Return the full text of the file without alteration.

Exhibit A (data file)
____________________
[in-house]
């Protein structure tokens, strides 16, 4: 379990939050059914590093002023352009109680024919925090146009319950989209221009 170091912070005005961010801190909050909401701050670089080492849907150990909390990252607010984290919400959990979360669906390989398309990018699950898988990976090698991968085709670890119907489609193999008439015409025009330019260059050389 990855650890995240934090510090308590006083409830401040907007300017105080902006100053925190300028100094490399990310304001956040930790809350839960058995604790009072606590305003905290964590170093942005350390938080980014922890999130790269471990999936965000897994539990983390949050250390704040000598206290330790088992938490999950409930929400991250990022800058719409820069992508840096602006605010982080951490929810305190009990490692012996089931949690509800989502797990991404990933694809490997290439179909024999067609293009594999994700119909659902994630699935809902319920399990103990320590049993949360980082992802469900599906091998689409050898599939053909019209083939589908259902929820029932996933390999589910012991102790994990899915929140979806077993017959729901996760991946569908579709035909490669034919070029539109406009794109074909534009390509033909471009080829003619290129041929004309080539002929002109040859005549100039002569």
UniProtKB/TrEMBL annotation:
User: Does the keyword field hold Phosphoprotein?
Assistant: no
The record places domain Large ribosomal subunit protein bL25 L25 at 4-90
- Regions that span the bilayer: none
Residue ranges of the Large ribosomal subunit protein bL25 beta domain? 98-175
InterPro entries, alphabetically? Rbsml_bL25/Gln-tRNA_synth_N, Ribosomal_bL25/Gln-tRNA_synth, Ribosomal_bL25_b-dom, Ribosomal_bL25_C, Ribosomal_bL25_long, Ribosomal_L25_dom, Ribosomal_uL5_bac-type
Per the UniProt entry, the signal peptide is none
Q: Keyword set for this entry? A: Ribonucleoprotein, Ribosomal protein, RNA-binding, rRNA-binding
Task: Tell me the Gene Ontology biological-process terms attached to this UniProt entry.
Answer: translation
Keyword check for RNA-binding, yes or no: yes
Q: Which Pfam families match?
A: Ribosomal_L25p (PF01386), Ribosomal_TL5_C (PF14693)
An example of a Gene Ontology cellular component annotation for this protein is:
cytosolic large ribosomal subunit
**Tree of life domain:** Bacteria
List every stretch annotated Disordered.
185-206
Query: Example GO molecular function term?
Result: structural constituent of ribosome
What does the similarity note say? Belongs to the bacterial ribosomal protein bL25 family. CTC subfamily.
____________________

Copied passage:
[in-house]
């Protein structure tokens, strides 16, 4: 379990939050059914590093002023352009109680024919925090146009319950989209221009 170091912070005005961010801190909050909401701050670089080492849907150990909390990252607010984290919400959990979360669906390989398309990018699950898988990976090698991968085709670890119907489609193999008439015409025009330019260059050389 990855650890995240934090510090308590006083409830401040907007300017105080902006100053925190300028100094490399990310304001956040930790809350839960058995604790009072606590305003905290964590170093942005350390938080980014922890999130790269471990999936965000897994539990983390949050250390704040000598206290330790088992938490999950409930929400991250990022800058719409820069992508840096602006605010982080951490929810305190009990490692012996089931949690509800989502797990991404990933694809490997290439179909024999067609293009594999994700119909659902994630699935809902319920399990103990320590049993949360980082992802469900599906091998689409050898599939053909019209083939589908259902929820029932996933390999589910012991102790994990899915929140979806077993017959729901996760991946569908579709035909490669034919070029539109406009794109074909534009390509033909471009080829003619290129041929004309080539002929002109040859005549100039002569």
UniProtKB/TrEMBL annotation:
User: Does the keyword field hold Phosphoprotein?
Assistant: no
The record places domain Large ribosomal subunit protein bL25 L25 at 4-90
- Regions that span the bilayer: none
Residue ranges of the Large ribosomal subunit protein bL25 beta domain? 98-175
InterPro entries, alphabetically? Rbsml_bL25/Gln-tRNA_synth_N, Ribosomal_bL25/Gln-tRNA_synth, Ribosomal_bL25_b-dom, Ribosomal_bL25_C, Ribosomal_bL25_long, Ribosomal_L25_dom, Ribosomal_uL5_bac-type
Per the UniProt entry, the signal peptide is none
Q: Keyword set for this entry? A: Ribonucleoprotein, Ribosomal protein, RNA-binding, rRNA-binding
Task: Tell me the Gene Ontology biological-process terms attached to this UniProt entry.
Answer: translation
Keyword check for RNA-binding, yes or no: yes
Q: Which Pfam families match?
A: Ribosomal_L25p (PF01386), Ribosomal_TL5_C (PF14693)
An example of a Gene Ontology cellular component annotation for this protein is:
cytosolic large ribosomal subunit
**Tree of life domain:** Bacteria
List every stretch annotated Disordered.
185-206
Query: Example GO molecular function term?
Result: structural constituent of ribosome
What does the similarity note say? Belongs to the bacterial ribosomal protein bL25 family. CTC subfamily.